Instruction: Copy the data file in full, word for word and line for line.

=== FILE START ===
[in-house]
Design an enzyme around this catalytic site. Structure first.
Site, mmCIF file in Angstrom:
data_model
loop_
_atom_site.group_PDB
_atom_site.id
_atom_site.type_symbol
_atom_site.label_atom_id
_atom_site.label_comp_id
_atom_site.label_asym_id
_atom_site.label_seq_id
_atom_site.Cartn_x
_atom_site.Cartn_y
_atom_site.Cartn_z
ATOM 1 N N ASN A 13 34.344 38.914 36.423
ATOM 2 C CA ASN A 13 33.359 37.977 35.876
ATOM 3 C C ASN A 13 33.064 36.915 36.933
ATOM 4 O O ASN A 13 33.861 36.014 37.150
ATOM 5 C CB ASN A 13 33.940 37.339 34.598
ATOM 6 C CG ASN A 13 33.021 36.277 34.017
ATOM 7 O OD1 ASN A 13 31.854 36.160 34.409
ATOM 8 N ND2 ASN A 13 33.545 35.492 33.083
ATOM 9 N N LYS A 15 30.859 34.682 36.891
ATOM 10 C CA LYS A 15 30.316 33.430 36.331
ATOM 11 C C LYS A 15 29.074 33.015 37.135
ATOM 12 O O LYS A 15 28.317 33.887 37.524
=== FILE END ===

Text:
[in-house]
Design an enzyme around this catalytic site. Structure first.
Site, mmCIF file in Angstrom:
data_model
loop_
_atom_site.group_PDB
_atom_site.id
_atom_site.type_symbol
_atom_site.label_atom_id
_atom_site.label_comp_id
_atom_site.label_asym_id
_atom_site.label_seq_id
_atom_site.Cartn_x
_atom_site.Cartn_y
_atom_site.Cartn_z
ATOM 1 N N ASN A 13 34.344 38.914 36.423
ATOM 2 C CA ASN A 13 33.359 37.977 35.876
ATOM 3 C C ASN A 13 33.064 36.915 36.933
ATOM 4 O O ASN A 13 33.861 36.014 37.150
ATOM 5 C CB ASN A 13 33.940 37.339 34.598
ATOM 6 C CG ASN A 13 33.021 36.277 34.017
ATOM 7 O OD1 ASN A 13 31.854 36.160 34.409
ATOM 8 N ND2 ASN A 13 33.545 35.492 33.083
ATOM 9 N N LYS A 15 30.859 34.682 36.891
ATOM 10 C CA LYS A 15 30.316 33.430 36.331
ATOM 11 C C LYS A 15 29.074 33.015 37.135
ATOM 12 O O LYS A 15 28.317 33.887 37.524